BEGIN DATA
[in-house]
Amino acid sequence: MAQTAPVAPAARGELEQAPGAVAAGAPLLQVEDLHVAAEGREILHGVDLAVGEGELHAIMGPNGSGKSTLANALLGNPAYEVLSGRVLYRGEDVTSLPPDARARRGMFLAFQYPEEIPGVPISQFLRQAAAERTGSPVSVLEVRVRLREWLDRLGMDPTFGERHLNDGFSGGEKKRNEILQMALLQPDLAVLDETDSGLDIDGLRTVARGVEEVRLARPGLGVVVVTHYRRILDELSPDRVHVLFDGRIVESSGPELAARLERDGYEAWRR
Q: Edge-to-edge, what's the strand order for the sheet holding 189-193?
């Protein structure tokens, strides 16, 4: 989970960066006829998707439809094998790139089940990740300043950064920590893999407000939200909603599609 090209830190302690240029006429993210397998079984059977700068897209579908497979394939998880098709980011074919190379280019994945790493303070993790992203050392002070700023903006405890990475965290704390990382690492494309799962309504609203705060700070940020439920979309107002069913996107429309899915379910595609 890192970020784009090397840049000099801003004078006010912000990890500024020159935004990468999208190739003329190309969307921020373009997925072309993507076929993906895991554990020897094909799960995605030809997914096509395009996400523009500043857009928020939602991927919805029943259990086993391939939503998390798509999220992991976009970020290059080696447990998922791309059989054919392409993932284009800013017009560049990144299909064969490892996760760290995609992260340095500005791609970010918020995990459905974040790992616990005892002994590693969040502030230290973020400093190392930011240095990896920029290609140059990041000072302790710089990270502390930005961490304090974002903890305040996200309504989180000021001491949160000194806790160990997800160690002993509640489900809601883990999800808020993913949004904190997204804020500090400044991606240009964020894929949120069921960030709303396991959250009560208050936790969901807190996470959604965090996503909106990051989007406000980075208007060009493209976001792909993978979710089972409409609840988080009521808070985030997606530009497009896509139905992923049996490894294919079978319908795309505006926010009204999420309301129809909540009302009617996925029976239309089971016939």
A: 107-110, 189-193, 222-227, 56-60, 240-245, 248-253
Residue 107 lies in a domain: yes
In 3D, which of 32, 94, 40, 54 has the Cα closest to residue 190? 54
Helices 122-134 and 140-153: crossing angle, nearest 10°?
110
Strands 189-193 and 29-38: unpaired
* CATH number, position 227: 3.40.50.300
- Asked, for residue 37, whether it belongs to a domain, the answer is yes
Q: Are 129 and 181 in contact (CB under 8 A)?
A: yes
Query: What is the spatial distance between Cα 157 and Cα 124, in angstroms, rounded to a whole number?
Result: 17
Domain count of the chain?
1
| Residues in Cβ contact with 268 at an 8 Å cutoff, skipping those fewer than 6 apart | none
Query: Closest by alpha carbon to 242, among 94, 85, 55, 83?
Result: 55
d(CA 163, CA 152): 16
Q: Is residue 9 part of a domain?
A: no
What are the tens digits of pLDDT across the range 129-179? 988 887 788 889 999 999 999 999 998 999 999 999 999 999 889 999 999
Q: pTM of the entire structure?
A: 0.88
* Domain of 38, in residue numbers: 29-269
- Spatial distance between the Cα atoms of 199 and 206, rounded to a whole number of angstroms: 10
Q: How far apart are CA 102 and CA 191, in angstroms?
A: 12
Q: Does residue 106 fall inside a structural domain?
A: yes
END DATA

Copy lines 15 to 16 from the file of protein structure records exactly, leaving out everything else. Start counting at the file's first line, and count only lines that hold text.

Query: What is the spatial distance between Cα 157 and Cα 124, in angstroms, rounded to a whole number?
Result: 17